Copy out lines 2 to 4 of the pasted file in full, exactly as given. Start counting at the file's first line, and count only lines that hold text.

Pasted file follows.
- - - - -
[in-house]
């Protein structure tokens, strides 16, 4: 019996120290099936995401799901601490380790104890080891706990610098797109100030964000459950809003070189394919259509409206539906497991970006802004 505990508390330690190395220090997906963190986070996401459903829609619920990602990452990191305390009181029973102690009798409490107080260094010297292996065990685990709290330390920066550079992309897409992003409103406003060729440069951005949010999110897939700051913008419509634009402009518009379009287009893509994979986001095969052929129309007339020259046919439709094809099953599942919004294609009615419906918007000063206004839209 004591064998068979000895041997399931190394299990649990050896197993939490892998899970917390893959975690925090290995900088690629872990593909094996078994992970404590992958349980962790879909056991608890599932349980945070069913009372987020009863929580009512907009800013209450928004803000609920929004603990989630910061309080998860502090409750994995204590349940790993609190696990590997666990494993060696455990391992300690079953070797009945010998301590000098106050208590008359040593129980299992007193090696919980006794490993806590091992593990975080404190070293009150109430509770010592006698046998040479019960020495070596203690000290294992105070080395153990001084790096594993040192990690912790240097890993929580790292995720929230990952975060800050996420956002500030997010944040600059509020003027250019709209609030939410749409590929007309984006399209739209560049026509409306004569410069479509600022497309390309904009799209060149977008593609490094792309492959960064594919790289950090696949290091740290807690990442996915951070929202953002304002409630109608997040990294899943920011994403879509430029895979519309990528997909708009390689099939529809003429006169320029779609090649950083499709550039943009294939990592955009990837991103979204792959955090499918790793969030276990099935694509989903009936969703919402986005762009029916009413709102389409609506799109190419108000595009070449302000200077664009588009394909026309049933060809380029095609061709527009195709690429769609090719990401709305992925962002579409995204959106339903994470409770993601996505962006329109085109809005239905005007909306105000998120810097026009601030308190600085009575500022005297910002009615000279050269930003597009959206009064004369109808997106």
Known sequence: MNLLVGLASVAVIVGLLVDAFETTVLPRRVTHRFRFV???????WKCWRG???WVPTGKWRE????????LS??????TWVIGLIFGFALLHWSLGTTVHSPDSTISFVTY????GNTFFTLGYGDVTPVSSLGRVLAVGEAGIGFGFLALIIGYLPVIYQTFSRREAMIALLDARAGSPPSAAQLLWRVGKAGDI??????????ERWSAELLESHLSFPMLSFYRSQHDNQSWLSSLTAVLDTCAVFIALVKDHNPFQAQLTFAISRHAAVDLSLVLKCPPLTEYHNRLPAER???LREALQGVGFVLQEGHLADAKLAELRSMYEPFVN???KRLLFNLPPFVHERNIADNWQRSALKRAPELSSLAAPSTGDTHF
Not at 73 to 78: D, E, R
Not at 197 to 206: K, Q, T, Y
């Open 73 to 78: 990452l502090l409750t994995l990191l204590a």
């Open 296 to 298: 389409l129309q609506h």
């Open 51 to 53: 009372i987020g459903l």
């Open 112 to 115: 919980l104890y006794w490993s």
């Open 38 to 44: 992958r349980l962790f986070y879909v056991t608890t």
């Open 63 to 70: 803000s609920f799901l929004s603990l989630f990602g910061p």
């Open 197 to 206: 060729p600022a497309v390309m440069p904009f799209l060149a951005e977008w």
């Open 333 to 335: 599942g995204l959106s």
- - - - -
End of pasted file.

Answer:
């Protein structure tokens, strides 16, 4: 019996120290099936995401799901601490380790104890080891706990610098797109100030964000459950809003070189394919259509409206539906497991970006802004 505990508390330690190395220090997906963190986070996401459903829609619920990602990452990191305390009181029973102690009798409490107080260094010297292996065990685990709290330390920066550079992309897409992003409103406003060729440069951005949010999110897939700051913008419509634009402009518009379009287009893509994979986001095969052929129309007339020259046919439709094809099953599942919004294609009615419906918007000063206004839209 004591064998068979000895041997399931190394299990649990050896197993939490892998899970917390893959975690925090290995900088690629872990593909094996078994992970404590992958349980962790879909056991608890599932349980945070069913009372987020009863929580009512907009800013209450928004803000609920929004603990989630910061309080998860502090409750994995204590349940790993609190696990590997666990494993060696455990391992300690079953070797009945010998301590000098106050208590008359040593129980299992007193090696919980006794490993806590091992593990975080404190070293009150109430509770010592006698046998040479019960020495070596203690000290294992105070080395153990001084790096594993040192990690912790240097890993929580790292995720929230990952975060800050996420956002500030997010944040600059509020003027250019709209609030939410749409590929007309984006399209739209560049026509409306004569410069479509600022497309390309904009799209060149977008593609490094792309492959960064594919790289950090696949290091740290807690990442996915951070929202953002304002409630109608997040990294899943920011994403879509430029895979519309990528997909708009390689099939529809003429006169320029779609090649950083499709550039943009294939990592955009990837991103979204792959955090499918790793969030276990099935694509989903009936969703919402986005762009029916009413709102389409609506799109190419108000595009070449302000200077664009588009394909026309049933060809380029095609061709527009195709690429769609090719990401709305992925962002579409995204959106339903994470409770993601996505962006329109085109809005239905005007909306105000998120810097026009601030308190600085009575500022005297910002009615000279050269930003597009959206009064004369109808997106």
Known sequence: MNLLVGLASVAVIVGLLVDAFETTVLPRRVTHRFRFV???????WKCWRG???WVPTGKWRE????????LS??????TWVIGLIFGFALLHWSLGTTVHSPDSTISFVTY????GNTFFTLGYGDVTPVSSLGRVLAVGEAGIGFGFLALIIGYLPVIYQTFSRREAMIALLDARAGSPPSAAQLLWRVGKAGDI??????????ERWSAELLESHLSFPMLSFYRSQHDNQSWLSSLTAVLDTCAVFIALVKDHNPFQAQLTFAISRHAAVDLSLVLKCPPLTEYHNRLPAER???LREALQGVGFVLQEGHLADAKLAELRSMYEPFVN???KRLLFNLPPFVHERNIADNWQRSALKRAPELSSLAAPSTGDTHF
Not at 73 to 78: D, E, R